Crofthead Mill, Neilston

Crofthead Mill, Neilston

Less a tourist attraction than a remnant of faded industrial glory, Crofthead Mill once housed an important cotton-spinning factory. Located on the banks of the River Levern in East Renfrewshire, the mill is the remaining legacy of the textile industry that used to dominate the area.

The current building rose in the early 1880s from the ashes of a disastrous fire which burned down the original mill erected by Stewart, Orr & Co in 1792. Not all of the mill’s structures have survived to the present day though - the five-storey edifice of the spool-turning department was demolished in 1968.

Crofthead was once the biggest producer of spun cotton in the county and its ownership passed through a series of successful companies. Thread from here was traded across the world. One of the more bizarre claims to fame of their products is that thread from Crofthead held together the boots of those on the British Everest Expedition in 1975…clearly it was tough stuff.

The mill attracted thousands of workers to Neilston in the 1900s, with many travelling to find work here after the closure of mills in Glasgow, as well as journeying from northern England, Ireland or the Highlands. Living and working conditions were considered good at Crofthead, and the Mill’s management even built around 400 homes for their workers. If you take a gander around the nearby town (only a short walk away, albeit up the rather steep Holehouse Brae), you can see these dinky millhouses dotted around Neilston, still providing cosy dwellings for the locals.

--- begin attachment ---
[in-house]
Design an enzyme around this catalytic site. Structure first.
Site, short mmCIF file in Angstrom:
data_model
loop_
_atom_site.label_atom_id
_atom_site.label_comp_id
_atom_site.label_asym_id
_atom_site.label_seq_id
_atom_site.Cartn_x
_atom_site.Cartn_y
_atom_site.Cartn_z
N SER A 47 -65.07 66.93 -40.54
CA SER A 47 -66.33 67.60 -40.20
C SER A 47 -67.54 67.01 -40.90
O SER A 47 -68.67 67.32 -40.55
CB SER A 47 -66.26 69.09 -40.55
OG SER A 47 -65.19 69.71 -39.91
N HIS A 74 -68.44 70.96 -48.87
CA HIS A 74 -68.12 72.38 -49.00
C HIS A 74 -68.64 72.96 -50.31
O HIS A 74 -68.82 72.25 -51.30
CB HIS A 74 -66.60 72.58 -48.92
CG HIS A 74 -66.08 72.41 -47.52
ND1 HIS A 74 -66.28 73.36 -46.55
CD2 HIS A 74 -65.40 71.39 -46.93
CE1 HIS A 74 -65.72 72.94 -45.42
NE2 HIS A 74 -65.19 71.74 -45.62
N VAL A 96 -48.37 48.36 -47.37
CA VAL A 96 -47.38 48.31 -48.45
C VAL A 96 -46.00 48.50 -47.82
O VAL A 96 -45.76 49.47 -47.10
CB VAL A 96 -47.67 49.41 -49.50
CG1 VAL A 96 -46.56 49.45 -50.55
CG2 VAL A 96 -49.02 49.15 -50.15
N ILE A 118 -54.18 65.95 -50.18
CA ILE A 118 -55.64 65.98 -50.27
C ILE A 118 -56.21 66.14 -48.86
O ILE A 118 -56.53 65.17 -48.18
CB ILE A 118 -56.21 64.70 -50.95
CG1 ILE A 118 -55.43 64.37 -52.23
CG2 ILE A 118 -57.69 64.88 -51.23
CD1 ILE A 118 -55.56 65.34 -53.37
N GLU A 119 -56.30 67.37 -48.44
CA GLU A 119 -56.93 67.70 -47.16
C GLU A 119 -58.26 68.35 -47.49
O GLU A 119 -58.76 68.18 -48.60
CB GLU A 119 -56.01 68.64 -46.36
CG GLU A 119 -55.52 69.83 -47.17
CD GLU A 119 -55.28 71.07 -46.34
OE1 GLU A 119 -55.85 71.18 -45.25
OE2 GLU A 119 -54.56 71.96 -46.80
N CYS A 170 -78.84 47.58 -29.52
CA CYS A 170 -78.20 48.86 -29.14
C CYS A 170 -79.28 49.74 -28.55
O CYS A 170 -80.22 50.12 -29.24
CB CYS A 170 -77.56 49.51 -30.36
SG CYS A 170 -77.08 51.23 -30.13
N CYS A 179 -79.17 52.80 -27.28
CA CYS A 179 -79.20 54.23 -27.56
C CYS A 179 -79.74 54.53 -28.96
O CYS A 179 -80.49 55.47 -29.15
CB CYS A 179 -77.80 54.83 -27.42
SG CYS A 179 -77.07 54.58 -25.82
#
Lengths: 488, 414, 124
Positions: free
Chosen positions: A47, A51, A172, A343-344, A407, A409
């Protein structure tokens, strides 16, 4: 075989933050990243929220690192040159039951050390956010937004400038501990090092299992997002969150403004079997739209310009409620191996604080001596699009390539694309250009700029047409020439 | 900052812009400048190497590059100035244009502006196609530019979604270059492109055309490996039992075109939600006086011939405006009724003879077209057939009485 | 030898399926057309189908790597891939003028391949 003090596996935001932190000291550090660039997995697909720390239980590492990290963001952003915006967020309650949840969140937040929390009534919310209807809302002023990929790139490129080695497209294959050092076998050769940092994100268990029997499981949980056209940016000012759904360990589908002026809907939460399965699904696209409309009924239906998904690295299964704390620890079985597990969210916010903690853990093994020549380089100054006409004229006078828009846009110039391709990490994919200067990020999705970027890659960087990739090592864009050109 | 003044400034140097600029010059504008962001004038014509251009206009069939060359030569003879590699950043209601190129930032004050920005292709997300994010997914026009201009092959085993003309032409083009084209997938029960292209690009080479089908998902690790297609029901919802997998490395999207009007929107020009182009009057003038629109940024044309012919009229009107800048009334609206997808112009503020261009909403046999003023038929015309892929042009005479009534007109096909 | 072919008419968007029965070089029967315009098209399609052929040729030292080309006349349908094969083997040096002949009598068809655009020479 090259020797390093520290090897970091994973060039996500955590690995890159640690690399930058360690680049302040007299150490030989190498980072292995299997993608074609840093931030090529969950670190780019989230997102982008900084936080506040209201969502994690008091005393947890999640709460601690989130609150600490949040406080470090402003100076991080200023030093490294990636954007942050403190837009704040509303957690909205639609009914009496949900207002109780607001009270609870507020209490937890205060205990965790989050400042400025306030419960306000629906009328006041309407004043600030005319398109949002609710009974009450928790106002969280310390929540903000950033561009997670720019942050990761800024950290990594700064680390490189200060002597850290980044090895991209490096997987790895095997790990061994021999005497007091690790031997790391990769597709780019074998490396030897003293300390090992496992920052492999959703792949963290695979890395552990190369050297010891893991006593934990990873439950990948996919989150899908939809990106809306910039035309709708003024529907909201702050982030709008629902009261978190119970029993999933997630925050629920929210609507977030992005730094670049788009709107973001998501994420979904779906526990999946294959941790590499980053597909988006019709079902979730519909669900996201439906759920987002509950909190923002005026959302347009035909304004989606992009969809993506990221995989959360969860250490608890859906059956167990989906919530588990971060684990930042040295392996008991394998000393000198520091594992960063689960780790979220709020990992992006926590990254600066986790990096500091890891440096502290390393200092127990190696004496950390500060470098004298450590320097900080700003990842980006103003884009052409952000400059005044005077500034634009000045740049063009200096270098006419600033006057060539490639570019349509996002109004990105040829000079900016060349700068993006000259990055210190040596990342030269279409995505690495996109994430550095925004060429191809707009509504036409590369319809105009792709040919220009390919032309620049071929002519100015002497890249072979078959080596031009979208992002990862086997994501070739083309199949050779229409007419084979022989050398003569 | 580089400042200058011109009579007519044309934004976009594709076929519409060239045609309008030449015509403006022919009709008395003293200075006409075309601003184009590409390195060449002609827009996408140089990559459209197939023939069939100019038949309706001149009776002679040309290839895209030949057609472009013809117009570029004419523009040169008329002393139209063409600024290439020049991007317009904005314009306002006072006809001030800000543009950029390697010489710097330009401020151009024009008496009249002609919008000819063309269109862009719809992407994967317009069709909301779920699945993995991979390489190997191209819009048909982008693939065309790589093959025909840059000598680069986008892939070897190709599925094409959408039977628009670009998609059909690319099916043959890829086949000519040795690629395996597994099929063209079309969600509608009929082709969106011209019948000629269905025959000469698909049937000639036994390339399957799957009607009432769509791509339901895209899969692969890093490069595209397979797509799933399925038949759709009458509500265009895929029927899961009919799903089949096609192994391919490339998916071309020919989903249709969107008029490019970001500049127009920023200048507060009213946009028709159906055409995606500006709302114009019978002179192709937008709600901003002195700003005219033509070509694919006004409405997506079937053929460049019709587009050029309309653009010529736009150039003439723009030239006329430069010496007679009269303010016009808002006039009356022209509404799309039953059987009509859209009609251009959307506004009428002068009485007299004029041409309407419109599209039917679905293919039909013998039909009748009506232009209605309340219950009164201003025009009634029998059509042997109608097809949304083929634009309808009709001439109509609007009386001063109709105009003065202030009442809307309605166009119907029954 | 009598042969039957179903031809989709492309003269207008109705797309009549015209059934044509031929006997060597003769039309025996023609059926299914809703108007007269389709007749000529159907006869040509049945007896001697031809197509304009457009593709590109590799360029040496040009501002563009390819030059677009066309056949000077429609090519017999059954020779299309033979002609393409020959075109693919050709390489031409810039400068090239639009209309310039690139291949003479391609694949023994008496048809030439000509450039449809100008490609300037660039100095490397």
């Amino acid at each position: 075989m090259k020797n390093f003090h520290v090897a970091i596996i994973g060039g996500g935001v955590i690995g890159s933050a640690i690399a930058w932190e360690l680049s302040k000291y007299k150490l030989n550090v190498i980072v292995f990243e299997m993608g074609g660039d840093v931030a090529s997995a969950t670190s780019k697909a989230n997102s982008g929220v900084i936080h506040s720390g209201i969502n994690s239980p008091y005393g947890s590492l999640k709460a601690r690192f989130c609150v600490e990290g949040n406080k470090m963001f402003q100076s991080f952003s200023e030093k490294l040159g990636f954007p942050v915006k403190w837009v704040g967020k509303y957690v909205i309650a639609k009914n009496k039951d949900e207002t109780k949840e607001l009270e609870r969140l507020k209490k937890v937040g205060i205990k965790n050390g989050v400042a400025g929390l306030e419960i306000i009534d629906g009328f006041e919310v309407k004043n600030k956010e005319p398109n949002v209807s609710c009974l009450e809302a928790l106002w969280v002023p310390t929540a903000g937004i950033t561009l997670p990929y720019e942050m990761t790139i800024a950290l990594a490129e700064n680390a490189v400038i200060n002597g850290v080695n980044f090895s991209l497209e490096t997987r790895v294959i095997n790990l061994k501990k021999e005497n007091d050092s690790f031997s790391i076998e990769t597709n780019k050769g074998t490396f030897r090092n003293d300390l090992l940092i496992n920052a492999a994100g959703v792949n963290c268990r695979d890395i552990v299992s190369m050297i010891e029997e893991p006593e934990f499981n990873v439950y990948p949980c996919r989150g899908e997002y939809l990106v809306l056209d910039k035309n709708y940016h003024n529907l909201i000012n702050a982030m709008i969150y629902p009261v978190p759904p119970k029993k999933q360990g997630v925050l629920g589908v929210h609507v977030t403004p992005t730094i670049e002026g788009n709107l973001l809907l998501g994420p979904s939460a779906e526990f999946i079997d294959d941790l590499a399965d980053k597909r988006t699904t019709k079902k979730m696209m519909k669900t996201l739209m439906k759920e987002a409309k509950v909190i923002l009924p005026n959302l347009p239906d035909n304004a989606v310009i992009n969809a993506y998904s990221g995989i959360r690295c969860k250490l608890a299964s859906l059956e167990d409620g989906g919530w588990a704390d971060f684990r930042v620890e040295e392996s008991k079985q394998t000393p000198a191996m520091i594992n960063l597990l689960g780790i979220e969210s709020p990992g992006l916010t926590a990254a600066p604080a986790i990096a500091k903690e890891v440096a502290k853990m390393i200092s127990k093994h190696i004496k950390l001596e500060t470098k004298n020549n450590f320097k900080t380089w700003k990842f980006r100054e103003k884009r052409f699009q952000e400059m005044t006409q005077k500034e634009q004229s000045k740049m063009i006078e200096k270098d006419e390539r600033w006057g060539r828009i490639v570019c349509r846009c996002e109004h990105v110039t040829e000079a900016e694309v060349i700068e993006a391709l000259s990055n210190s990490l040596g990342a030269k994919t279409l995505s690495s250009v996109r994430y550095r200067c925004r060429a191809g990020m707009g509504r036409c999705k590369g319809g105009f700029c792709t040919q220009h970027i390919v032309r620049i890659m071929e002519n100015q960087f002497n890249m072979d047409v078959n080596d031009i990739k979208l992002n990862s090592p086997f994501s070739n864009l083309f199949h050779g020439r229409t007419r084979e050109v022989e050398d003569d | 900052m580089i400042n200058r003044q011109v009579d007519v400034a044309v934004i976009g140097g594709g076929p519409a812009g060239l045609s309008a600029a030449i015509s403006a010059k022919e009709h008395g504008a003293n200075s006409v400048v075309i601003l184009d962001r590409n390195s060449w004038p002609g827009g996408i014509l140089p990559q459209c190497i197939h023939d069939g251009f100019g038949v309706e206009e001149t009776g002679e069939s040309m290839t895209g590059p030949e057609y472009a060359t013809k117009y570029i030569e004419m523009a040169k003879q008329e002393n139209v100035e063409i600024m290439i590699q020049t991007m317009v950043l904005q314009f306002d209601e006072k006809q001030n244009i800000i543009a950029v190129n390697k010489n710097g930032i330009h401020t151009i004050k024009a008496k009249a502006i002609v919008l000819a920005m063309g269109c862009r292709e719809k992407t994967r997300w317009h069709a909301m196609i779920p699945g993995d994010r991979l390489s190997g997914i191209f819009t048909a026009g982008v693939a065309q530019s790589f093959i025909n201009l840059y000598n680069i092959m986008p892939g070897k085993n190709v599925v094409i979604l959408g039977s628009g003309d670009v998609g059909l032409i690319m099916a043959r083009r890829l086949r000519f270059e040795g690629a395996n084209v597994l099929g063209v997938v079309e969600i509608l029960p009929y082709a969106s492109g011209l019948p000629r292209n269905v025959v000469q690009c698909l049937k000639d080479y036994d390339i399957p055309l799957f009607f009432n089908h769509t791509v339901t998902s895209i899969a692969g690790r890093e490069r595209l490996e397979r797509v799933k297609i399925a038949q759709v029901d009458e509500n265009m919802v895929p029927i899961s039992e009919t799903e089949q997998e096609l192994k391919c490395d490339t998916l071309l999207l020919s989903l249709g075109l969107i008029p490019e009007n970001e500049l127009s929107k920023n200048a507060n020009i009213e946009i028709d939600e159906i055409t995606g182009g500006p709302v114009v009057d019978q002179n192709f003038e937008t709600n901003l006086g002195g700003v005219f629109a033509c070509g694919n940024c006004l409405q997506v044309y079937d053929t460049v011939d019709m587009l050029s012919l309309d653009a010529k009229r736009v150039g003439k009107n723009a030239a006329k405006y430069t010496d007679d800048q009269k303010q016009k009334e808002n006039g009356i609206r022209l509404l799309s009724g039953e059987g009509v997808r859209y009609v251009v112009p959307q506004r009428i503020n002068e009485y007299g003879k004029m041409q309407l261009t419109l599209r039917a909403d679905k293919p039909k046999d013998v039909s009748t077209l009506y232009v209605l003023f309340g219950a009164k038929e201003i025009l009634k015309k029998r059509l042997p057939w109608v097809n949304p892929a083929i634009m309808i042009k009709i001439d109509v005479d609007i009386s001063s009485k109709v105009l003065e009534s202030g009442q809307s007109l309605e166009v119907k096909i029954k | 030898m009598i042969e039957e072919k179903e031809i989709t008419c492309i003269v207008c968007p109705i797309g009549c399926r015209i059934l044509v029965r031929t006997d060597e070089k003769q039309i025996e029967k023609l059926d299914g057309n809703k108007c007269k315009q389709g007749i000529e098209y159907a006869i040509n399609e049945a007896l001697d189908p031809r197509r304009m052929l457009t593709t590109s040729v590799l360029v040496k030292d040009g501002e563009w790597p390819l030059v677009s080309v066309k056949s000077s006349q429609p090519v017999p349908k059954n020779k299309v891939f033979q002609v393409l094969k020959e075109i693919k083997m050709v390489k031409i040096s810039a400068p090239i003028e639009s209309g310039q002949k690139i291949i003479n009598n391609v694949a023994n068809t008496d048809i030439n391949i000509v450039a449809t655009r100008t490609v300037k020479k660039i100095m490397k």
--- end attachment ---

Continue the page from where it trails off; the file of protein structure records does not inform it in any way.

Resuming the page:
Crofthead Mill, Neilston

The mill finally closed its doors in 1992, obviously resulting in a major loss of employment for the local residents. Whilst its cotton spinning days are over, the premises are still in use to some extent, with various companies renting out parts of it as storage space. Despite the large sign warning of ‘Guard Dogs on Patrol’, gaining access to have a look at the site isn’t much trouble. And when I popped in to see the security guard, he didn’t seem that mystified as to why I’d even want to photograph the place.

Despite its status as a listed building, the mill is beginning to look sadly neglected, showing some real signs of wear and tear on the exterior. Shattered windows, rusty pipes, flaking paint and damp walls are valiantly putting up a struggle against the damp elements of western Scotland (don’t be fooled by those blue skies in the photos - no-one was more amazed than I that it all looked so bright and sunny the day I visited). Even so, the structure remains vast and dominates the skyline of the local area. You feel really quite dwarfed by it when walking around, craning your neck up to take it all in. There is something majestic about it, even now with its ‘has-been’ status. You can easily imagine it as a thriving workplace with the clitter-clatter of machinery echoing from inside.

How to get there

Crofthead Mill, Holehouse Brae, Neilston, Glasgow, East Renfrewshire G78

Crofthead Mill is sandwiched between the A736 and the small town of Neilston in East Renfrewshire. It’s easily accessible from Glasgow by car – travel south out of the city and follow signs to Barrhead. The mill is about 10 minutes drive along the A736 out of Barrhead – you can’t miss it. Alternatively, frequent trains run between Glasgow Central Station and Neilston, with the mill easily accessible on foot from the station.

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